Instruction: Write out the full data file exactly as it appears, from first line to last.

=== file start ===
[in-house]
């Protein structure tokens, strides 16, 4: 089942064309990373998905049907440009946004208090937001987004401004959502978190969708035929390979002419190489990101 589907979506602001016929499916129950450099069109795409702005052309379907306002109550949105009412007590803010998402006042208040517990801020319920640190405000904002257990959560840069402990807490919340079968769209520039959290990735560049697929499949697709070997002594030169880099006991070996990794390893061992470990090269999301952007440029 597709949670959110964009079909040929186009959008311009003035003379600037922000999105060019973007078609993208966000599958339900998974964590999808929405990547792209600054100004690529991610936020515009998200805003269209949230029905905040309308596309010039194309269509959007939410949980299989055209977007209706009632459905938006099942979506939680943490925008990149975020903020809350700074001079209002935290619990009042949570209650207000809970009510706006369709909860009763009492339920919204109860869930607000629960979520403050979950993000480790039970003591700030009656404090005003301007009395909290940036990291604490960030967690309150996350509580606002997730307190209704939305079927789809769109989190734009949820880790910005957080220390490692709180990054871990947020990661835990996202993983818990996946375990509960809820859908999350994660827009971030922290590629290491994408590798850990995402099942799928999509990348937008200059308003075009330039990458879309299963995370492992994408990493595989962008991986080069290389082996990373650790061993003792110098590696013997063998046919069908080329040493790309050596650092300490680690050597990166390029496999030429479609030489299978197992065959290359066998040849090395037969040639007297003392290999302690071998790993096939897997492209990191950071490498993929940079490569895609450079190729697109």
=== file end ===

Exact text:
[in-house]
């Protein structure tokens, strides 16, 4: 089942064309990373998905049907440009946004208090937001987004401004959502978190969708035929390979002419190489990101 589907979506602001016929499916129950450099069109795409702005052309379907306002109550949105009412007590803010998402006042208040517990801020319920640190405000904002257990959560840069402990807490919340079968769209520039959290990735560049697929499949697709070997002594030169880099006991070996990794390893061992470990090269999301952007440029 597709949670959110964009079909040929186009959008311009003035003379600037922000999105060019973007078609993208966000599958339900998974964590999808929405990547792209600054100004690529991610936020515009998200805003269209949230029905905040309308596309010039194309269509959007939410949980299989055209977007209706009632459905938006099942979506939680943490925008990149975020903020809350700074001079209002935290619990009042949570209650207000809970009510706006369709909860009763009492339920919204109860869930607000629960979520403050979950993000480790039970003591700030009656404090005003301007009395909290940036990291604490960030967690309150996350509580606002997730307190209704939305079927789809769109989190734009949820880790910005957080220390490692709180990054871990947020990661835990996202993983818990996946375990509960809820859908999350994660827009971030922290590629290491994408590798850990995402099942799928999509990348937008200059308003075009330039990458879309299963995370492992994408990493595989962008991986080069290389082996990373650790061993003792110098590696013997063998046919069908080329040493790309050596650092300490680690050597990166390029496999030429479609030489299978197992065959290359066998040849090395037969040639007297003392290999302690071998790993096939897997492209990191950071490498993929940079490569895609450079190729697109």